India’s education system needs to be far better than it is today: Bill Gates

TOI Guest Editor Bill Gates , who was the world’s richest man for almost two decades and is still its foremost philanthropist, talks about public health, technology and ideas that could change the world

He may have recently been replaced as the world’s richest man by Jeff Bezos+ , but meeting Bill Gates is still an immensely enriching experience.

The famed intellect is as rapier-sharp as ever, and his eyes light up with an endearing nerdish delight as he passionately holds forth on potentially life-changing ideas. He remains intensely focused and driven, but also exhibits an unexpectedly impish sense of humour.

There are many legendary tales of unprepared Microsoft employees being subjected to severe tongue lashings by an acerbic Gates when he ran the software giant. So, it was with a degree of anxiety that senior editors of The Times of Indiaassembled on Thursday to show Gates the articles that had been commissioned by him earlier when he agreed to serve as TOI Guest Editor. Gates went through the articles very carefully, and there was an audible exhalation of relief when he pronounced himself satisfied. “I’m glad you’ve got the bit about the new three-drug combination being used to treat elephantiasis,” he said.

HIGHLIGHTS

  • On factors holding India back, Gates said, “My biggest disappointment is the education system. I do want to create higher expectations about it.”
  • On Swachh Bharat, he said “Building toilets is like opening savings a/cs. The real challenge is getting people to use them.”
  • On Aadhaar privacy issue: It’s just a 12-digit lie-detector system. Privacy issues can come up with the apps that get built on top of it, Gates said.

TOI Guest Editor Bill Gates , who was the world’s richest man for almost two decades and is still its foremost philanthropist, talks about public health, technology and ideas that could change the world

He may have recently been replaced as the world’s richest man by Jeff Bezos+ , but meeting Bill Gates is still an immensely enriching experience.

The famed intellect is as rapier-sharp as ever, and his eyes light up with an endearing nerdish delight as he passionately holds forth on potentially life-changing ideas. He remains intensely focused and driven, but also exhibits an unexpectedly impish sense of humour.

There are many legendary tales of unprepared Microsoft employees being subjected to severe tongue lashings by an acerbic Gates when he ran the software giant. So, it was with a degree of anxiety that senior editors of The Times of Indiaassembled on Thursday to show Gates the articles that had been commissioned by him earlier when he agreed to serve as TOI Guest Editor. Gates went through the articles very carefully, and there was an audible exhalation of relief when he pronounced himself satisfied. “I’m glad you’ve got the bit about the new three-drug combination being used to treat elephantiasis,” he said.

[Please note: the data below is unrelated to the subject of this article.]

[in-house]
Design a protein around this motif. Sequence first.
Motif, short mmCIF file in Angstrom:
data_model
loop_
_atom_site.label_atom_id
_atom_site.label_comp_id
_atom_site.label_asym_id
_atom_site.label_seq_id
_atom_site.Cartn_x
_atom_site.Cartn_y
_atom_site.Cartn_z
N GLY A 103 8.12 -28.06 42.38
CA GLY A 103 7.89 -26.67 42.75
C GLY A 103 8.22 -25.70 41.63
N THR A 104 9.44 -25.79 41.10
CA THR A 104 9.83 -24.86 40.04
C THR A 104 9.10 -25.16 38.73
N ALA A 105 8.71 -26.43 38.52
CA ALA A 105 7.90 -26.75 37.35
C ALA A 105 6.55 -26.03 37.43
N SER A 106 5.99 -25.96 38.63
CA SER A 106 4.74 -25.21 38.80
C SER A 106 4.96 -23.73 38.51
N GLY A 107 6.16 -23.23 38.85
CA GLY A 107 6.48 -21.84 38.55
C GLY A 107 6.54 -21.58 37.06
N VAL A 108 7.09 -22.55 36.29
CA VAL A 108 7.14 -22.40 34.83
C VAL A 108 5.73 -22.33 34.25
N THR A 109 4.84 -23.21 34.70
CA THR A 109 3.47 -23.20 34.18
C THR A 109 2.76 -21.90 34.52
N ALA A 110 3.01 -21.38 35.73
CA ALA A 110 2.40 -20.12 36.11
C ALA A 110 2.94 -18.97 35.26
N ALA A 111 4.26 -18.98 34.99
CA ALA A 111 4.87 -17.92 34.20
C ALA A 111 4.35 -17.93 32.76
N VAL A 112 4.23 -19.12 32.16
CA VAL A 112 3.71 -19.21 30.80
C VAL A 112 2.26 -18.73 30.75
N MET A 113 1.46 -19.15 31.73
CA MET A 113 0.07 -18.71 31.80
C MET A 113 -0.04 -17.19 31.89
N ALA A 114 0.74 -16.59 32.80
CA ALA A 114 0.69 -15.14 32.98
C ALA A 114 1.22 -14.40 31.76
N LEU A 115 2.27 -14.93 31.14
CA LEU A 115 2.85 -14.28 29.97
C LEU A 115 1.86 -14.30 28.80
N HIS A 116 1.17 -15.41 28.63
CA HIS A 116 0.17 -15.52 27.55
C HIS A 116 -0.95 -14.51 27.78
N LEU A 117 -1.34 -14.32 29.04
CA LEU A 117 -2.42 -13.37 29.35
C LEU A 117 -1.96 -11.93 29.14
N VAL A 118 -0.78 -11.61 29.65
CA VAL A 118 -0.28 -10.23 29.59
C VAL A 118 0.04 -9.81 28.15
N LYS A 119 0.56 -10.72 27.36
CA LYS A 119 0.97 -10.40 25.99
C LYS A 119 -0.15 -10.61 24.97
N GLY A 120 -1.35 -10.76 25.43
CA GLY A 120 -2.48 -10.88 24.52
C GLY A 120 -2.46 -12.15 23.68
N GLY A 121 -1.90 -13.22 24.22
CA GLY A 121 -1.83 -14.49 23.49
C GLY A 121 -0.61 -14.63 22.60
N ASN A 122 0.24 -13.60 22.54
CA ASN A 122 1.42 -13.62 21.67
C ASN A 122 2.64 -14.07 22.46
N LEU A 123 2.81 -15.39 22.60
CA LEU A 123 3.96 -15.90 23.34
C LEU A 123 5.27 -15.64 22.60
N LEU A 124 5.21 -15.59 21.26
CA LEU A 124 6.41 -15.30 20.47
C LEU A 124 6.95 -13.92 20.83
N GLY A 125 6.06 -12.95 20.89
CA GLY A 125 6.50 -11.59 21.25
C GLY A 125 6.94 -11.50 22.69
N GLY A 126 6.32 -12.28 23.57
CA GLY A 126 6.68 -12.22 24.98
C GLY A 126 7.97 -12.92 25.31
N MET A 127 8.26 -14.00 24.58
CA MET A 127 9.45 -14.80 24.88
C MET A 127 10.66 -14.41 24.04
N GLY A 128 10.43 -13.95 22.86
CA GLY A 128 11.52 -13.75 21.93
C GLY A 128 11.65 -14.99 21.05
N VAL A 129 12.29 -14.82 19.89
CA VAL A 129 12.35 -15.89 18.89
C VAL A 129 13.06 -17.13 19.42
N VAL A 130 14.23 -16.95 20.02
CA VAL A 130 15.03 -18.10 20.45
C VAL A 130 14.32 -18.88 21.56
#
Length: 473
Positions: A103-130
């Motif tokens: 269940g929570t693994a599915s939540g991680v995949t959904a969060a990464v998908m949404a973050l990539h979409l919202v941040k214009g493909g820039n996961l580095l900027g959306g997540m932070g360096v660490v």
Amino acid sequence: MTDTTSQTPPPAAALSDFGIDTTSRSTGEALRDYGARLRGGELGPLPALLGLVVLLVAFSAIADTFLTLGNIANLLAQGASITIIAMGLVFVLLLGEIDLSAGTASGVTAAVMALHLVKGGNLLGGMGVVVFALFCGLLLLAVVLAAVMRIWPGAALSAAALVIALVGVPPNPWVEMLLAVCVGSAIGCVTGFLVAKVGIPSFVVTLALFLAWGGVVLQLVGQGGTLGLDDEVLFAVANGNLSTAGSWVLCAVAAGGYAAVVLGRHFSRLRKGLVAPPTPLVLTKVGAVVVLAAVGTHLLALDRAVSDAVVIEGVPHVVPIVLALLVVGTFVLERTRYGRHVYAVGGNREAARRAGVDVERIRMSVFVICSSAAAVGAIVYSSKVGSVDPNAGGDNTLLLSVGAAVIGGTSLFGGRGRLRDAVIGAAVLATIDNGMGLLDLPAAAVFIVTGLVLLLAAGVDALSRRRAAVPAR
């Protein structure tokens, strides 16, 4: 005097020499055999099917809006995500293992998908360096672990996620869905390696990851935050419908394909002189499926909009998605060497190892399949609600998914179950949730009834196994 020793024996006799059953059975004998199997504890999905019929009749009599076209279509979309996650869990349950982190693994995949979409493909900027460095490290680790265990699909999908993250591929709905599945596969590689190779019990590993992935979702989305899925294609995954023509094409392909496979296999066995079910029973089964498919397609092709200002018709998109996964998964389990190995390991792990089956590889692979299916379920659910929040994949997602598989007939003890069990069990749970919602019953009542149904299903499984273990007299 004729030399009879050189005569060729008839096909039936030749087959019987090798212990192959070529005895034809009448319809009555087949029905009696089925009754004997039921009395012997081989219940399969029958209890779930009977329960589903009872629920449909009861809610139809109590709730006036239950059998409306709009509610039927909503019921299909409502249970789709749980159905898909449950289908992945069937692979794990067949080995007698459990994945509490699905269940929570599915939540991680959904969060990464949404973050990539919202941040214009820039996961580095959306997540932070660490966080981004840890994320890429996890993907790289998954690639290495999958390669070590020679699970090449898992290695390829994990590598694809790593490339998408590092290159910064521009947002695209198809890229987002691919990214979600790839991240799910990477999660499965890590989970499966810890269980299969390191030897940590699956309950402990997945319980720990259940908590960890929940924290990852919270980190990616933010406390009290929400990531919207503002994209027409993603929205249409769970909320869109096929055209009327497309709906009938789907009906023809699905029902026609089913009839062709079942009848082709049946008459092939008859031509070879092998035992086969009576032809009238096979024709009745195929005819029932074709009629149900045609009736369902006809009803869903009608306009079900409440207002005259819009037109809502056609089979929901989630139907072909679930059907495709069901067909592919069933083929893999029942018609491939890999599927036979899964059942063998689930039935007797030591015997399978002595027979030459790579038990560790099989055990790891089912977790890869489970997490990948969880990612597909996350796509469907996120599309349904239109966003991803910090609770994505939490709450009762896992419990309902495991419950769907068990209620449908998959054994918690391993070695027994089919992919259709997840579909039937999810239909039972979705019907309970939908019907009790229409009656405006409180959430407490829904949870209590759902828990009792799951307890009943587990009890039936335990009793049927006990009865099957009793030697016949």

TOI Guest Editor Bill Gates goes through a special report that he had asked for.

“The two-drug combination requires five rounds and reduces the disease by 60-80% whereas the new three-drug combination has been shown to reduce microfilariae by 99% with the first dose itself. The triple-drug therapy is one of the most exciting things in the world of global health. India is one of the first places where we are going to go big on it. All three drugs are donated…so the donor money and government money all goes towards paying workers to go out there and distribute the drugs and then double check the quality of those campaigns. We are taking a lot of help from people doing the polio programme, because they have got such great results.”

Since he devotes so much time to India, does he feel that there are any specific factors holding the country back? “Most trends are positive, but my biggest disappointment when it comes to India is the education system. It should be far better. I don’t want to be critical, but I do want to create higher expectations about it.”

Bill Gates is known to take an active interest in sanitation, so what does he think of the Swachh Bharat programme+ ? “Well, building toilets is like opening savings accounts. The real challenge is getting people to use them,” he quipped. “Part of our Swachh Bharat partnership with the government is to try and make sure that the toilets that are built are not so bad that you’d rather not use them. The first stage is behaviour change. In some parts of India, it’s worked really well, in some parts not as well. Once a village passes the view that nobody should be doing this (open defecation), then it tends to stay. The nice thing is that if you intervene for just a few years then sometimes it becomes the expectation. So that’s behaviour change and a lot of donors are doing that now.”
He paused to issue a warning that his response was about to get quite graphic. Assured that this was not a problem, he cheerfully plunged right in. “Now, what do you do about faecal waste? It either just builds up, so that the toilet becomes unusable, or you can have a truck come and get it. But then they just go and dump it into the river or somewhere. But five years from now, we are going to have a new toilet which actually, essentially burns the waste in the toilet. That’s the dream, to re-invent the toilet.
For more information go to Official page Times of India

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